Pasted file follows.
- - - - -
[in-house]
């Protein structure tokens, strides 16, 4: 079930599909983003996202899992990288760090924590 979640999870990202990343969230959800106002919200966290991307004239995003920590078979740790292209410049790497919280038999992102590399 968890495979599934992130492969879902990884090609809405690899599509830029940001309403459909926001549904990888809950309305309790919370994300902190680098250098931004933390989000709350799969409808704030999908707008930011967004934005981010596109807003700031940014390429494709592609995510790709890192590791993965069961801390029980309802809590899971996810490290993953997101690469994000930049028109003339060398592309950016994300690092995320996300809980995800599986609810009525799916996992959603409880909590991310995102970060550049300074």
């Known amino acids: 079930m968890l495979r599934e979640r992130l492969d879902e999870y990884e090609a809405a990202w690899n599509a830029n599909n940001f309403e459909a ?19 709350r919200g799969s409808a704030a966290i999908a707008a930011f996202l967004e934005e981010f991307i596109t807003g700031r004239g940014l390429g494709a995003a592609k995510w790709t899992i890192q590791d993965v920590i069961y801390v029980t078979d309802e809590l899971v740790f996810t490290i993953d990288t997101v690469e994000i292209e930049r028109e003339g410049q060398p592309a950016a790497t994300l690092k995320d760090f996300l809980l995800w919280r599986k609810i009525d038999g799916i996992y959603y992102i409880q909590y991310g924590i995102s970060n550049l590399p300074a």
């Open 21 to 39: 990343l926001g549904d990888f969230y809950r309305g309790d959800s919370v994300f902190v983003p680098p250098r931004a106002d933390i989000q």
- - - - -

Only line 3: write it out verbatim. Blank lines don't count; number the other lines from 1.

């Known amino acids: 079930m968890l495979r599934e979640r992130l492969d879902e999870y990884e090609a809405a990202w690899n599509a830029n599909n940001f309403e459909a ?19 709350r919200g799969s409808a704030a966290i999908a707008a930011f996202l967004e934005e981010f991307i596109t807003g700031r004239g940014l390429g494709a995003a592609k995510w790709t899992i890192q590791d993965v920590i069961y801390v029980t078979d309802e809590l899971v740790f996810t490290i993953d990288t997101v690469e994000i292209e930049r028109e003339g410049q060398p592309a950016a790497t994300l690092k995320d760090f996300l809980l995800w919280r599986k609810i009525d038999g799916i996992y959603y992102i409880q909590y991310g924590i995102s970060n550049l590399p300074a």